Posts Tagged ‘Coexistence’
Lighting & Exposure Tests:
In August 2007, after 2½ years in the magazine world, I was gaining a reputation for photographing beautiful women. And that year, there was no one with more beauty and buzz than Kim Kardashian.
When I teamed up with the short-lived Coexistence magazine, whose goal it was to introduce notable personalities of Middle Eastern descent to the mainstream public, Kim was at the top of their wishlist. She was the entertainment industry’s “It-girl.” Through a friend of a friend, I managed to get in touch with Kim’s people, and once I had the greenlight, my mind started racing. I wanted to take her to the desert (surprise!), but her publicist told me it wasn’t happening. Too far, too dirty. Make it local and convenient, I was instructed.
I love contrasting beautiful women with dirty, busted environments, something I did in that same Coexistence issue with my Skid Row Princess fashion spread. I’ve always been secretly envious of photographers who live near desolate, forgotten areas because there are so many old and crappy buildings and environments to place your model. In Los Angeles, everything is, well, new and crappy. We finally settled on The Edison bar in Downtown LA, which was formerly a power-plant in the old Higgins building, built in 1910. Nearly 100 years old, and totally awesome.
I did a ton of prep for this shoot, pulling tear sheets, shooting backplates, and storyboarding. I was ready to pitch a hard sell, because at that point, Kim didn’t have a clue who I was, and it was clear that her publicist didn’t like me or the magazine very much.
But when it came right down to it, Kim was suprisingly easy to work with—she was even down with all of my poses, as I had her crawl on cold metal boilers and arch her back on cast-iron stoves. No drama whatsoever—she was a total sweetheart.
Since this was back before I started hiring behind-the-scenes photographers, I managed to pull the next best thing: lighting and exposure tests with my assistants from the shoot, Corey and Zak (known affectionately as “the goons”…note the excited look on their faces). The Edison had lots of moody practical lighting that the cinematographer in me went crazy for, but alas, none of it was gonna show up at 100 ISO. So I took long-exposure plate shots to allow the practicals to burn in and gauge the actual color temperature, then I gelled my strobes and lit Kim properly, effectively letting the background go F* itself. Finally, I blended the two shots in post…sort of a ghetto HDR.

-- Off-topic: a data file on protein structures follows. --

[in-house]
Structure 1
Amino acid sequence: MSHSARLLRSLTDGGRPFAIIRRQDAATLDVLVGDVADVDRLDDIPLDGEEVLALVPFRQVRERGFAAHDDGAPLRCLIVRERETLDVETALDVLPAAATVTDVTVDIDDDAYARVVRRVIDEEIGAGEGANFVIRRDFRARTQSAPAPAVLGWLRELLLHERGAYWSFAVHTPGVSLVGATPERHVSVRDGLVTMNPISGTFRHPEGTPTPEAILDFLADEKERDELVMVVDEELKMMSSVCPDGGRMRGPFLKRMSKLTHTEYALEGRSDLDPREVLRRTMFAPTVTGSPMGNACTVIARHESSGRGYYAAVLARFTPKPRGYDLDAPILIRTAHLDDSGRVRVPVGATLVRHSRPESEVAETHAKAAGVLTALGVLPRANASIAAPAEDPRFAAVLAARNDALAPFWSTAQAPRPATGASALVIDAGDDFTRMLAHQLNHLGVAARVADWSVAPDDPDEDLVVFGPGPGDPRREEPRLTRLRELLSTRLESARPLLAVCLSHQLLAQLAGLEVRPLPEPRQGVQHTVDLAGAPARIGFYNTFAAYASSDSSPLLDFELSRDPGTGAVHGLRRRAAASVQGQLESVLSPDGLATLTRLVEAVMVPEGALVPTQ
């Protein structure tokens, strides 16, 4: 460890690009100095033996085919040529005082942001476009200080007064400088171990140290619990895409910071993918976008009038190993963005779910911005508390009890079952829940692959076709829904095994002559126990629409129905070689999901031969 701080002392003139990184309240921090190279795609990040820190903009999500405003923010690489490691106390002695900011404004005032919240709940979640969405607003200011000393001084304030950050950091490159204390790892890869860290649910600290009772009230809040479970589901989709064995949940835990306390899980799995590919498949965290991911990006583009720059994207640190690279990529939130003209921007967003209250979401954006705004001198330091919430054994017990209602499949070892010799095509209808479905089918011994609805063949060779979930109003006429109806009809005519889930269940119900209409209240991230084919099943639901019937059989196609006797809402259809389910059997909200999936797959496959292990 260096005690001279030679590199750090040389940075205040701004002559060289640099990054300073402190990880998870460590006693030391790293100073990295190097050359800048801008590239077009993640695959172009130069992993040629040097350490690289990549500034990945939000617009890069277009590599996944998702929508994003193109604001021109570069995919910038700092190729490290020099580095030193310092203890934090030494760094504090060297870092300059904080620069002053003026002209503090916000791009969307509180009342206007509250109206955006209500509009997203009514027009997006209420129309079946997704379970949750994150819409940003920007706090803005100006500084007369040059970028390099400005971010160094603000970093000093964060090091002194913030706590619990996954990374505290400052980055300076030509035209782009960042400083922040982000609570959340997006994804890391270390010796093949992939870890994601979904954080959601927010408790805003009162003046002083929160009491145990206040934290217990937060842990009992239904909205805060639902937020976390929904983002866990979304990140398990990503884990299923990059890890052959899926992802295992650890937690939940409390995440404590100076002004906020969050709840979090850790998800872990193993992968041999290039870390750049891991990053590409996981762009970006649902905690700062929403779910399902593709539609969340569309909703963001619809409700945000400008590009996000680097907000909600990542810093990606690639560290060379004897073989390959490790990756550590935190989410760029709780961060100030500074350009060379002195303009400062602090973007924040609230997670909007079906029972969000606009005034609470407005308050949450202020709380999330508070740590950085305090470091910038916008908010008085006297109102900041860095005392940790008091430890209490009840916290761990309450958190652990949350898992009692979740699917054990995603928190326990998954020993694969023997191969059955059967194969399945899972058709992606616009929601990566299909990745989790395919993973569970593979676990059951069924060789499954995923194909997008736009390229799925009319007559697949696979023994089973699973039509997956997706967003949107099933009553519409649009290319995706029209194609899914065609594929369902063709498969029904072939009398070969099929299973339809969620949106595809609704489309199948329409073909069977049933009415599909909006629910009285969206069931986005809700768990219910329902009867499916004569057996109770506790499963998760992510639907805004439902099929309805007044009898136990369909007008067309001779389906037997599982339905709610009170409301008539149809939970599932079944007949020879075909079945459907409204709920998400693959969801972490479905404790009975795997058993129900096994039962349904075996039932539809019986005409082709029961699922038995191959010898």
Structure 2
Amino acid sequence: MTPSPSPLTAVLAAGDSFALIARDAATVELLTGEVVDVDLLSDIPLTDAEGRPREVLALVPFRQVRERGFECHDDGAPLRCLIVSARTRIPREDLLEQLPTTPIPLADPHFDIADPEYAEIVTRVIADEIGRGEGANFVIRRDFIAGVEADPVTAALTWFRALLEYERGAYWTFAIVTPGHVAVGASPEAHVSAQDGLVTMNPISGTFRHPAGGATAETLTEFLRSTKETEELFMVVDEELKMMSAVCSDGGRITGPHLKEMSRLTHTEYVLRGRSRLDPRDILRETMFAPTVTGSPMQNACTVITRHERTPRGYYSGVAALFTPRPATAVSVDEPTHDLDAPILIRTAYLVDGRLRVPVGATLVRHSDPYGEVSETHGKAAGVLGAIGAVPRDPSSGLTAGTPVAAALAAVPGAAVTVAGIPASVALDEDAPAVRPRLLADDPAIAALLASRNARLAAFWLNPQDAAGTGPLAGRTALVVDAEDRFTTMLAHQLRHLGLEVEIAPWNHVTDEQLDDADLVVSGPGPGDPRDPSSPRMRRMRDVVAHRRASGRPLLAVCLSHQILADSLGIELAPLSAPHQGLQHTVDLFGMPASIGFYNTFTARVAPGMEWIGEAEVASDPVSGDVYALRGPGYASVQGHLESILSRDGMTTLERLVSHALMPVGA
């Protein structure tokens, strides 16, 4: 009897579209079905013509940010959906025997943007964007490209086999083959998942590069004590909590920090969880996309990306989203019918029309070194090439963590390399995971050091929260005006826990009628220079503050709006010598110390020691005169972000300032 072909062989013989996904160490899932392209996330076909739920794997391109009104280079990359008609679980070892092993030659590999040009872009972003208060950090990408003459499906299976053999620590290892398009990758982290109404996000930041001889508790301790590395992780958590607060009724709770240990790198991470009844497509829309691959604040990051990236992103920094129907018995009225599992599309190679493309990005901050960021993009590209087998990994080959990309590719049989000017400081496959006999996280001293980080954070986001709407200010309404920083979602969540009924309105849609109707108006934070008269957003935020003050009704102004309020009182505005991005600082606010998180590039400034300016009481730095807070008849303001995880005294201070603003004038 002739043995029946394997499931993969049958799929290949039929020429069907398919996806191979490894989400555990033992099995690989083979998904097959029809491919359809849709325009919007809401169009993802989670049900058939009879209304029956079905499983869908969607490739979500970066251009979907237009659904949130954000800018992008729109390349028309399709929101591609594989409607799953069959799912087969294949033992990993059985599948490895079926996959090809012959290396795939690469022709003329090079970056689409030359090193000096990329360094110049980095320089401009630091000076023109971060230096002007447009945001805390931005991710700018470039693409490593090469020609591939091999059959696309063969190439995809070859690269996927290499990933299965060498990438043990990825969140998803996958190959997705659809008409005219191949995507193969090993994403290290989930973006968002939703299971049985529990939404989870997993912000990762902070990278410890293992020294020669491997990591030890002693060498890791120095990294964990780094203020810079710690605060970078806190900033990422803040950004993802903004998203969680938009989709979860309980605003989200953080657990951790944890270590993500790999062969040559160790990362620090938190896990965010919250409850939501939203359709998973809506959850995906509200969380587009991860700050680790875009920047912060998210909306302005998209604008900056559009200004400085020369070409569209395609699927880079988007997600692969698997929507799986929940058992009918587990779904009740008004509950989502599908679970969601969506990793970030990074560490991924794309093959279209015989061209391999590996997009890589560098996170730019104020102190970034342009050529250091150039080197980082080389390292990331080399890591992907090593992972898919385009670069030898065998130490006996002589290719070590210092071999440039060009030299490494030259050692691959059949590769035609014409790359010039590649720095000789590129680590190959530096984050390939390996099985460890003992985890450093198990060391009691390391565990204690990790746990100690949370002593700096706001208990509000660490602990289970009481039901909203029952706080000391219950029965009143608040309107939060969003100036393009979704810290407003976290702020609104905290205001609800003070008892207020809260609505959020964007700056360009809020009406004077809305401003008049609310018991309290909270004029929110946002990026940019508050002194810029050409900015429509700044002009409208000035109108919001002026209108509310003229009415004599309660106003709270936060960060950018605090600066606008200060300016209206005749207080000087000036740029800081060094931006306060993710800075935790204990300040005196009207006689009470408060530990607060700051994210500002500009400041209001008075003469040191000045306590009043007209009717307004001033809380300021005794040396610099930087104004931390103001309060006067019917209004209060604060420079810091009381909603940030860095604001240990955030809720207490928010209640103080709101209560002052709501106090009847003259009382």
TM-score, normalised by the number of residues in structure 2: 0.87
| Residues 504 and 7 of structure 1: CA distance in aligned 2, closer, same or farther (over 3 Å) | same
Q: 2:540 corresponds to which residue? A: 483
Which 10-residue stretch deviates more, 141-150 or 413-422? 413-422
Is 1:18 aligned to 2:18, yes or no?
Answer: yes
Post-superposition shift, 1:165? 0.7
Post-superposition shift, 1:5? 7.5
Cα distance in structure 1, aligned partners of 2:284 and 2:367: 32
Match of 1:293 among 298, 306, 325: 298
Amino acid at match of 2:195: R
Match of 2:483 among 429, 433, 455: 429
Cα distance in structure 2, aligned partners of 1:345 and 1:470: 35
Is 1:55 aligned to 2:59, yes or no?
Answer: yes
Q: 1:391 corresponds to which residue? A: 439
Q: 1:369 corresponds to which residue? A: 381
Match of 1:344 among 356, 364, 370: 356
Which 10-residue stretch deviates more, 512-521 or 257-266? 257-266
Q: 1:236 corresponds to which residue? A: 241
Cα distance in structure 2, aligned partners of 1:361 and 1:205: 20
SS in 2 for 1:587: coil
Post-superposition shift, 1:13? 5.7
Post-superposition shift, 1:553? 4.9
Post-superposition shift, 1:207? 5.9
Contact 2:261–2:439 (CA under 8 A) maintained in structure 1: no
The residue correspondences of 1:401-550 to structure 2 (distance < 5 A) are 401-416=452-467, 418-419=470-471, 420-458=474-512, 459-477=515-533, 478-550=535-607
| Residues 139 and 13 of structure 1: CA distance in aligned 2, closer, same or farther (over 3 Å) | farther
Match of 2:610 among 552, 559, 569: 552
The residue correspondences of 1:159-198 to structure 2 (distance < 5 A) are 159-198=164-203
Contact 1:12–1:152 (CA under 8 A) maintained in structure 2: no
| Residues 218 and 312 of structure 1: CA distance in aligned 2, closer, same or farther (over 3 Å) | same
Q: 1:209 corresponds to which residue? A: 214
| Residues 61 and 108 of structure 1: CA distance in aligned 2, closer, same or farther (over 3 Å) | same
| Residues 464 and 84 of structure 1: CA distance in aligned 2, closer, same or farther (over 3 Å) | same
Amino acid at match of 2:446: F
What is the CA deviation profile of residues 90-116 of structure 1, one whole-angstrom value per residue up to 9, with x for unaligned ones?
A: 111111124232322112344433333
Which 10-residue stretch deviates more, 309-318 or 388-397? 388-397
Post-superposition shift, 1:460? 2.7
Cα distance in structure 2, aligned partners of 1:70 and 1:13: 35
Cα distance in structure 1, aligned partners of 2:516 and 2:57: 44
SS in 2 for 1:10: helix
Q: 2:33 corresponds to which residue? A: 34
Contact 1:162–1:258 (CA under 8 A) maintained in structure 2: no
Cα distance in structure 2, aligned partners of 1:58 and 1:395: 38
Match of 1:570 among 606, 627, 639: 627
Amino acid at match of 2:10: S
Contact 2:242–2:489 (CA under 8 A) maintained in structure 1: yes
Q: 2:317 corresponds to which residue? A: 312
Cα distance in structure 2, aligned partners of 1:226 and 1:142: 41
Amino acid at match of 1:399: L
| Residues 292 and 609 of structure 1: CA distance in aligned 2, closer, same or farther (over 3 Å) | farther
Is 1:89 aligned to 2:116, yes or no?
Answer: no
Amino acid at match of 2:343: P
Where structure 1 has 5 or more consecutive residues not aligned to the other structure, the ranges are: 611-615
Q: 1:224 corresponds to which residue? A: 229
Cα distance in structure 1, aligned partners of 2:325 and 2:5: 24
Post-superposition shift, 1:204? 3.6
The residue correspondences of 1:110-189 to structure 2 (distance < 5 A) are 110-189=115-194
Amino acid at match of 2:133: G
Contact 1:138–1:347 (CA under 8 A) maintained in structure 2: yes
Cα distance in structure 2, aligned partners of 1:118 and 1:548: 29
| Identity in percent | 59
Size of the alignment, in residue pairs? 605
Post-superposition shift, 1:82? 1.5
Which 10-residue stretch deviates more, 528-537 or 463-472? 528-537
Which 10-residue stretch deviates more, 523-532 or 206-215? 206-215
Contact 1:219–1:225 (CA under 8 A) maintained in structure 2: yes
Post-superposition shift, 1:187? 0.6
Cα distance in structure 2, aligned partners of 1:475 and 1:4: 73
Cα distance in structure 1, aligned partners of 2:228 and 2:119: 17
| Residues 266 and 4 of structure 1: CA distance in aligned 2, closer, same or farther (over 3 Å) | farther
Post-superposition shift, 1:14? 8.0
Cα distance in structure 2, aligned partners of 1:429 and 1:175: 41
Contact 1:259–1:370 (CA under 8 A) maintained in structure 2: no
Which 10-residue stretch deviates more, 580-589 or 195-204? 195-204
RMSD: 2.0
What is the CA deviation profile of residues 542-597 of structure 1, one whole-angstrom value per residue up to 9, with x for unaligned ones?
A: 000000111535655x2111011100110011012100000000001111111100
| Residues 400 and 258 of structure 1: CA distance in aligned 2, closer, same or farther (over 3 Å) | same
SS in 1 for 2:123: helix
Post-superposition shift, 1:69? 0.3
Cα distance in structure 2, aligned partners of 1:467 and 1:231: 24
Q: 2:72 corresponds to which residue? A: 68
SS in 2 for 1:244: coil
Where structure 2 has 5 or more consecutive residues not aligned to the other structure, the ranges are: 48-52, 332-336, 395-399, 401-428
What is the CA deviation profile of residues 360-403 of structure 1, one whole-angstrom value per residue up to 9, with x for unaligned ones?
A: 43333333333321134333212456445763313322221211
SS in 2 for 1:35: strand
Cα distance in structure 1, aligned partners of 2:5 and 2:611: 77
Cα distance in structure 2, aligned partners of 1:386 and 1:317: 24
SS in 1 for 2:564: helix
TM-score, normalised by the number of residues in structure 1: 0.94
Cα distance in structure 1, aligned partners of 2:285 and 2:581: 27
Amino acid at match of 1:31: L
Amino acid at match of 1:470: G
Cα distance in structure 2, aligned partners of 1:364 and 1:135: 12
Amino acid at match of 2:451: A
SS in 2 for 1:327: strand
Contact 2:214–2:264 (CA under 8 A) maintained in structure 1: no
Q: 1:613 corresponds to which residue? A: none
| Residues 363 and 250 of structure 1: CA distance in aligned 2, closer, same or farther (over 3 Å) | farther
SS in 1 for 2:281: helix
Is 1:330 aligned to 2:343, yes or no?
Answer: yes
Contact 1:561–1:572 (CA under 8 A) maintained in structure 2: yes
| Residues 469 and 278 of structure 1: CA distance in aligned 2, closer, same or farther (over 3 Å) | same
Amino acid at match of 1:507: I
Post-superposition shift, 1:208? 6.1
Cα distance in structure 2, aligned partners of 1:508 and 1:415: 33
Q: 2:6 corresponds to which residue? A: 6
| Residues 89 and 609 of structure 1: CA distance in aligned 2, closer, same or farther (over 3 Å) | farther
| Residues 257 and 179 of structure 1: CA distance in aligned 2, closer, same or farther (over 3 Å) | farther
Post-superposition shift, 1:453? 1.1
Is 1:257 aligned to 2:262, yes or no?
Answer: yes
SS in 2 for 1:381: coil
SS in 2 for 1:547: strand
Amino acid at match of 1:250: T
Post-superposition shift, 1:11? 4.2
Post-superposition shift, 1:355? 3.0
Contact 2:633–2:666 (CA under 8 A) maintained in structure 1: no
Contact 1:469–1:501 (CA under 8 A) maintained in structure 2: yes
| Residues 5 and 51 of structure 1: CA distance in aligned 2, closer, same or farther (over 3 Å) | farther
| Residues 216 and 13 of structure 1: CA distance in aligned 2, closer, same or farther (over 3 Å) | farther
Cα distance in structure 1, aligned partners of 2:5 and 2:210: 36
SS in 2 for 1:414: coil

When the mag was released in December 2007, some people commented that these shots looked overly retouched. But the truth is that the cell-shading look on her skin is more a result of heavy bronzer (make-up) combined with the oversaturation of my gelled lights. In hindsight, I should have shot her naturally (non-gelled strobes) to preserve the white highlights, and then warmed her mids and shadows in post. All in all, I still love this shoot. Due to positive female customer feedback, it headlined the Slickforce.com website longer than any shoot I’ve ever done.
Even better, Kim and I kept in touch after the shoot, and I’ve now shot the entire Kardashian family several times over. When she went blonde in summer ’09, she called me to capture it before she went back to classic brunette. Kim later leaked a photo from that shoot on her blog, which resulted in my first call from TMZ—hilarious. I’ll post more info on that shoot soon.
As I move towards more artistic endeavors in 2010, I find myself referencing my past work. This was one of my favorite spreads I’ve shot, and it was one of my first fashion editorials, this time for the short-lived Coexistence magazine. We cast model Jessica Ricardi, and she was fantastic.
We shot this in the alley behind my downtown apartment…and although it smelled like piss, this was my second collaboration with the immensely talented wardrobe stylist Diana Chan, whom I’ve continued to work with religiously ever since. The shot entitled “Superstar!!!” (far right) is probably the photo I get more comments than anything else. Only the future will tell for sure, but I believe it is the shot that marked the beginning of the hyper-saturated-accent-color-comic-book style I would be known for (unless the SHOW covers have pigeon-holed me for life LOL).
Directing this shoot was a lot of fun. Completely different than the glam mags I was used to shooting at the time.